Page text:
Reefer madness is still a condition that plagues Massachusetts! This was sadly highlighted during the gubernatorial debate on Wednesday, with Jon Keller’s question about possibly decriminalizing small amounts of marijuana. Several states have a $100 fine for possession. I was not surprised to hear that Mihos and Healey would veto any such bill. I was VERY surprised that Grace Ross did not come out strongly in favor of such a thing. And I was disappointed that Deval Patrick, whom I wholeheartedly support in this campaign, flat out refused to support any decriminalization of the substance.
I definitely considered myself a Libertarian Democrat long before Markos Moulitsas wrote posts on the topic. I believe one ought to have the personal freedom to responsibly use marijuana. But I am also honest about the fact that it is harmful, like the legal drugs of tobacco and alcohol. Lung cancer is the most serious risk factor when it comes to pot smoking. I am also aware that other illegal substances have detrimental effects on our health.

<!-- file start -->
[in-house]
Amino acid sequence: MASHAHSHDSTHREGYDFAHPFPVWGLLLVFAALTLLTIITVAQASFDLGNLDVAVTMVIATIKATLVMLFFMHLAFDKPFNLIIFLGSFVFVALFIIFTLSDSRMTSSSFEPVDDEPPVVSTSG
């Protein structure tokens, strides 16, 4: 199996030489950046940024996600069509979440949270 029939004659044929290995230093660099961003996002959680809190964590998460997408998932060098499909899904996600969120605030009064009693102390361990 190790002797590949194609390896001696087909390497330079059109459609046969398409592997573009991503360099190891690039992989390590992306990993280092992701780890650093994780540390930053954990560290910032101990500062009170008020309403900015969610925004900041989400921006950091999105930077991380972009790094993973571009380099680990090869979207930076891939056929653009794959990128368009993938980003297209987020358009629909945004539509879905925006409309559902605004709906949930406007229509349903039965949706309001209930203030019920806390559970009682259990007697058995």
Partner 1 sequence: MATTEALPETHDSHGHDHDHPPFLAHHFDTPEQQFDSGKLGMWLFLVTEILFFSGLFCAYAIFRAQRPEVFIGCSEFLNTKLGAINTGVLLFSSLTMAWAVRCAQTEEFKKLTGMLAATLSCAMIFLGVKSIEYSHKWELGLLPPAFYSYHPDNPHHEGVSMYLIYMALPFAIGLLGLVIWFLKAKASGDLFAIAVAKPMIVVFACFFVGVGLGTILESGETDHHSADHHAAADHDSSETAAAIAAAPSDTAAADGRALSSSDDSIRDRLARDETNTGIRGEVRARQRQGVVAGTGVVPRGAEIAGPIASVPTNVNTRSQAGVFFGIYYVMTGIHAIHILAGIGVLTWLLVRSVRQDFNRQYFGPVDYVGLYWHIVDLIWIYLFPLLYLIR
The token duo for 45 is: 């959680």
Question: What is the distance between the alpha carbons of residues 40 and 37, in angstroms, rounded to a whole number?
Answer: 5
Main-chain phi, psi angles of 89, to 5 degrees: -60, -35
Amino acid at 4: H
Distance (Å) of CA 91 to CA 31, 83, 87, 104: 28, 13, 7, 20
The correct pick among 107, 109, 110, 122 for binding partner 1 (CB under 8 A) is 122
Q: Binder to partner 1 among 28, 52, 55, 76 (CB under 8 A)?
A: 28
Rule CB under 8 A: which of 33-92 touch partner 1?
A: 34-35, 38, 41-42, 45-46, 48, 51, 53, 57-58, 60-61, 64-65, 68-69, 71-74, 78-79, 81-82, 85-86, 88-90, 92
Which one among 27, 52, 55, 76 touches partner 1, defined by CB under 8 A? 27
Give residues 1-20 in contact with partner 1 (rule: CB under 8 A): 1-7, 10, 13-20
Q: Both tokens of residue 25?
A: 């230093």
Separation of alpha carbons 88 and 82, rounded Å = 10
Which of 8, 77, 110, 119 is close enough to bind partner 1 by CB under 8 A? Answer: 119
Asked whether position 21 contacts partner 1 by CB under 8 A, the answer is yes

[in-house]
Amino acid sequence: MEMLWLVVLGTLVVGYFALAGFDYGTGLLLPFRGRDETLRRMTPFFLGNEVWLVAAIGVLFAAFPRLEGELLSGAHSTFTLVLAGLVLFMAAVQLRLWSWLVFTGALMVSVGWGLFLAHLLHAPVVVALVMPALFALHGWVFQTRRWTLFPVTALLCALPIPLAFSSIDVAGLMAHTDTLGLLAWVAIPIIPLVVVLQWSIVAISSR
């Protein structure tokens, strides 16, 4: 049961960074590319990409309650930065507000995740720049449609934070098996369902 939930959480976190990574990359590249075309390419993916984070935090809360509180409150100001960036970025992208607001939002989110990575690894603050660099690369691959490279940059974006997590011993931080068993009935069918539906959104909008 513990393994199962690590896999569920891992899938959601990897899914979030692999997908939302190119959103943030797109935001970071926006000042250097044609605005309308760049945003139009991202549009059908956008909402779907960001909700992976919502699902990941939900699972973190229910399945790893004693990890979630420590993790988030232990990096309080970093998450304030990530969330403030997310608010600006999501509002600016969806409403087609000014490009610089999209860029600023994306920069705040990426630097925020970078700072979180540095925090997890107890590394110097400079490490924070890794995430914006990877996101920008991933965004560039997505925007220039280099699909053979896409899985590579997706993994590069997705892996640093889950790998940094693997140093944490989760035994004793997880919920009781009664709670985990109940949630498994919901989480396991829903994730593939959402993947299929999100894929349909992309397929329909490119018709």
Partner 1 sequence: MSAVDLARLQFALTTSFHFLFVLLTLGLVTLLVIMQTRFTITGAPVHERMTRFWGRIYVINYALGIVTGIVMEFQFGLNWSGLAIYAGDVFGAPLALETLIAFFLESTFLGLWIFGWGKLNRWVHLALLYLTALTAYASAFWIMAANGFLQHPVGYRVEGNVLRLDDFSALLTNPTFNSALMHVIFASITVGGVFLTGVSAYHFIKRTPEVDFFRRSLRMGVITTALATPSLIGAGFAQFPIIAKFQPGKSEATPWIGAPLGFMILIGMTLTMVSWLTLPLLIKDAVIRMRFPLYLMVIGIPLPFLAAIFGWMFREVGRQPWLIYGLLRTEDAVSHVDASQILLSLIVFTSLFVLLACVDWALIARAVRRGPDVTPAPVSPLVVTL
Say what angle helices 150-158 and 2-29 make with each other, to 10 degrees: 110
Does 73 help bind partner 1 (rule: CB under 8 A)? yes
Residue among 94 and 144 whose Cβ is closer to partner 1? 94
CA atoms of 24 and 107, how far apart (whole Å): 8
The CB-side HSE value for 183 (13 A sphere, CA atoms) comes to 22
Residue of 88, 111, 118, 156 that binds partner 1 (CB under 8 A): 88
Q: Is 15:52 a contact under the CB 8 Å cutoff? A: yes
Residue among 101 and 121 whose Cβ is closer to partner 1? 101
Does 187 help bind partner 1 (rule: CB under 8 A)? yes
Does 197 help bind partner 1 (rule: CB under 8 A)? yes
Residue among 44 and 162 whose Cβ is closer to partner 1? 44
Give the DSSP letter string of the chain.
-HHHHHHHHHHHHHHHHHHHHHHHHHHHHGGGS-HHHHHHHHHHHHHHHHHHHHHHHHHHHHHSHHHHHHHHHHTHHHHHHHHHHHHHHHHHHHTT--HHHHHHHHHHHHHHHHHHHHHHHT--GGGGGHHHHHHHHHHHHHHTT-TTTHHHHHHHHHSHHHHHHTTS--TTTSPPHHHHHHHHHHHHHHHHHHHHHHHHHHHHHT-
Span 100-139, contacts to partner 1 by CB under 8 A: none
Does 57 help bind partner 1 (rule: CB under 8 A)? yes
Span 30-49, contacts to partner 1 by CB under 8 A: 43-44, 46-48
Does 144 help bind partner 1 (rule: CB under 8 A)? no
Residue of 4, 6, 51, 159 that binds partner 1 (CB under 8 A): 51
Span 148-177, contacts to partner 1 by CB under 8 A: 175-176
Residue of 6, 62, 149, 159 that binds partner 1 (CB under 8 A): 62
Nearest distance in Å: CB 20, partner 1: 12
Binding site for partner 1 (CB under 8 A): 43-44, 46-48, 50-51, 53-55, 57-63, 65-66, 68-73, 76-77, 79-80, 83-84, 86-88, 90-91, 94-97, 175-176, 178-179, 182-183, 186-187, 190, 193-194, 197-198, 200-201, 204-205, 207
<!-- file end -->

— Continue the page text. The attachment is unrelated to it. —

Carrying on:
Jon Keller specified that $24 million dollars was spent per year in the Commonwealth dealing with people charged with possession of the drug. This is an unfortunate and wasteful way to spend our money. We must ask: who is benefiting from these archaic drug laws?
The most common argument I hear against decriminalizing small amounts of marjiana is that it will somewhow increase drug use, particularly among children. But, according to the latest research from the Drug Policy Alliance, that is not the case.
Our law enforcement should not be wasting our money and their time dealing with recreational pot smokers and small-time dealers. We can put that $24 million we spend into treatment, to help create the most innovative, effective public drug and alcohol rehabilitative centers in the world. This effort would perfectly blend fiscal responsibility with a compassionate long-term focus. We undoubtedly need to effectively address the needs of our residents addicted to substances like heroine, cocaine, meth, prescription drugs, etc. Let us not forget that marijuana is not on the list of drugs that cause harmful addiction.
Mr. Patrick disappointed me. I did not expect him to take the safe route on this controversial matter.
Grace Ross said it best:
Addiction is not connected with what substances are legal or not…We need to be honest here, and not about criminalizing people who are addicted.